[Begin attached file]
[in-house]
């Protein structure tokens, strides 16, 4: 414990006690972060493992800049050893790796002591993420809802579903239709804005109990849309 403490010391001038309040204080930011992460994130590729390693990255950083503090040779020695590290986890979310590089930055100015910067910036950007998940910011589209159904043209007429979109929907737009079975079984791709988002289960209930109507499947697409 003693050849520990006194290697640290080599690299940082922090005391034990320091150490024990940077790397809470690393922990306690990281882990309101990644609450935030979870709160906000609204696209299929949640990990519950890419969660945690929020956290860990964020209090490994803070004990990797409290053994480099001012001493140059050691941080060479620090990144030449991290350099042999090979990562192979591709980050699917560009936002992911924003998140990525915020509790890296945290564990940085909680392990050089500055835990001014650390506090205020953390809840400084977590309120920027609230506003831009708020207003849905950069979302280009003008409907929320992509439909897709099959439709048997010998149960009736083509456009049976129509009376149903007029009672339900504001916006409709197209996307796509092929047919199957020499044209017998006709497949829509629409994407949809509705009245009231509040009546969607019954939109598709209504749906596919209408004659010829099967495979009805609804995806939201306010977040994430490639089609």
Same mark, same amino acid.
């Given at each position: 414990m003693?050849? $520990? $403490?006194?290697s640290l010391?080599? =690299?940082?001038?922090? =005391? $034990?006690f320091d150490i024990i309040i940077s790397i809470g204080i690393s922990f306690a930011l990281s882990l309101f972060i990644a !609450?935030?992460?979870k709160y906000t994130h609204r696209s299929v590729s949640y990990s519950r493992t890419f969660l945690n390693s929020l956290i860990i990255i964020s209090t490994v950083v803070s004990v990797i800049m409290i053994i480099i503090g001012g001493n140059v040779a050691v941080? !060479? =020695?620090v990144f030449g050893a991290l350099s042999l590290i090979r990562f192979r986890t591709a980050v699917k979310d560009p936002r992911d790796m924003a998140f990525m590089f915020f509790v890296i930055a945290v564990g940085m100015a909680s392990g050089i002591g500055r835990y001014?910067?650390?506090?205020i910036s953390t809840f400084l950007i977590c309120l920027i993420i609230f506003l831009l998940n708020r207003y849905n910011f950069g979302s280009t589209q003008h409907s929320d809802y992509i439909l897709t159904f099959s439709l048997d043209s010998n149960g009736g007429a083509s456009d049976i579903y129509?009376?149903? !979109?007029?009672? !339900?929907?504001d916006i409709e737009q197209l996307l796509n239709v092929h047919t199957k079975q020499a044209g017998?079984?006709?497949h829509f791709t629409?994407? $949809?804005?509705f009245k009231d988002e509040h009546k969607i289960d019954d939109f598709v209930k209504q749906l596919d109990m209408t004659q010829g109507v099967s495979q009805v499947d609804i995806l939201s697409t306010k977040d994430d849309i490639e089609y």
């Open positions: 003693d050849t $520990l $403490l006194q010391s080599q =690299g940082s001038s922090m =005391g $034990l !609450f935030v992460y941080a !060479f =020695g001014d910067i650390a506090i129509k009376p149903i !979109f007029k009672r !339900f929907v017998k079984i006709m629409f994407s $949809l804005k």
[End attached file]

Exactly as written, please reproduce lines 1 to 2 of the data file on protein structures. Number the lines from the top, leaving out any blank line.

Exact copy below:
[in-house]
């Protein structure tokens, strides 16, 4: 414990006690972060493992800049050893790796002591993420809802579903239709804005109990849309 403490010391001038309040204080930011992460994130590729390693990255950083503090040779020695590290986890979310590089930055100015910067910036950007998940910011589209159904043209007429979109929907737009079975079984791709988002289960209930109507499947697409 003693050849520990006194290697640290080599690299940082922090005391034990320091150490024990940077790397809470690393922990306690990281882990309101990644609450935030979870709160906000609204696209299929949640990990519950890419969660945690929020956290860990964020209090490994803070004990990797409290053994480099001012001493140059050691941080060479620090990144030449991290350099042999090979990562192979591709980050699917560009936002992911924003998140990525915020509790890296945290564990940085909680392990050089500055835990001014650390506090205020953390809840400084977590309120920027609230506003831009708020207003849905950069979302280009003008409907929320992509439909897709099959439709048997010998149960009736083509456009049976129509009376149903007029009672339900504001916006409709197209996307796509092929047919199957020499044209017998006709497949829509629409994407949809509705009245009231509040009546969607019954939109598709209504749906596919209408004659010829099967495979009805609804995806939201306010977040994430490639089609």